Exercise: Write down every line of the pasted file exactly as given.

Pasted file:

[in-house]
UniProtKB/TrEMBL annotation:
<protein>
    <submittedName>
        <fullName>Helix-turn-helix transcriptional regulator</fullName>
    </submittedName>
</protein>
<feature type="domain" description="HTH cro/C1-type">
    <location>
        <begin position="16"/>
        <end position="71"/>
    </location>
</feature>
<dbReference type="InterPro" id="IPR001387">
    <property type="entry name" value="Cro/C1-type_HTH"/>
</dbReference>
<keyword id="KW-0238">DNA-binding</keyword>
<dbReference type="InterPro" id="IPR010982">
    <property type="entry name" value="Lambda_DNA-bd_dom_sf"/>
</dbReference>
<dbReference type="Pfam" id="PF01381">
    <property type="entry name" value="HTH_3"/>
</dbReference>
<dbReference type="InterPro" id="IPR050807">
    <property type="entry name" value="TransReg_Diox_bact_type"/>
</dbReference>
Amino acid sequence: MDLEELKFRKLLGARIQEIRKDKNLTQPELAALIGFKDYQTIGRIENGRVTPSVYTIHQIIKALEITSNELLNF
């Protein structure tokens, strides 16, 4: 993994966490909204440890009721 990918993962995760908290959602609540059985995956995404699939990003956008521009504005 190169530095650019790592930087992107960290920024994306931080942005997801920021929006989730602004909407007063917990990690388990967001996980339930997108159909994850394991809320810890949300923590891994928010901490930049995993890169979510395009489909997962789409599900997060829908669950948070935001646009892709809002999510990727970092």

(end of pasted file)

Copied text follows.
[in-house]
UniProtKB/TrEMBL annotation:
<protein>
    <submittedName>
        <fullName>Helix-turn-helix transcriptional regulator</fullName>
    </submittedName>
</protein>
<feature type="domain" description="HTH cro/C1-type">
    <location>
        <begin position="16"/>
        <end position="71"/>
    </location>
</feature>
<dbReference type="InterPro" id="IPR001387">
    <property type="entry name" value="Cro/C1-type_HTH"/>
</dbReference>
<keyword id="KW-0238">DNA-binding</keyword>
<dbReference type="InterPro" id="IPR010982">
    <property type="entry name" value="Lambda_DNA-bd_dom_sf"/>
</dbReference>
<dbReference type="Pfam" id="PF01381">
    <property type="entry name" value="HTH_3"/>
</dbReference>
<dbReference type="InterPro" id="IPR050807">
    <property type="entry name" value="TransReg_Diox_bact_type"/>
</dbReference>
Amino acid sequence: MDLEELKFRKLLGARIQEIRKDKNLTQPELAALIGFKDYQTIGRIENGRVTPSVYTIHQIIKALEITSNELLNF
């Protein structure tokens, strides 16, 4: 993994966490909204440890009721 990918993962995760908290959602609540059985995956995404699939990003956008521009504005 190169530095650019790592930087992107960290920024994306931080942005997801920021929006989730602004909407007063917990990690388990967001996980339930997108159909994850394991809320810890949300923590891994928010901490930049995993890169979510395009489909997962789409599900997060829908669950948070935001646009892709809002999510990727970092």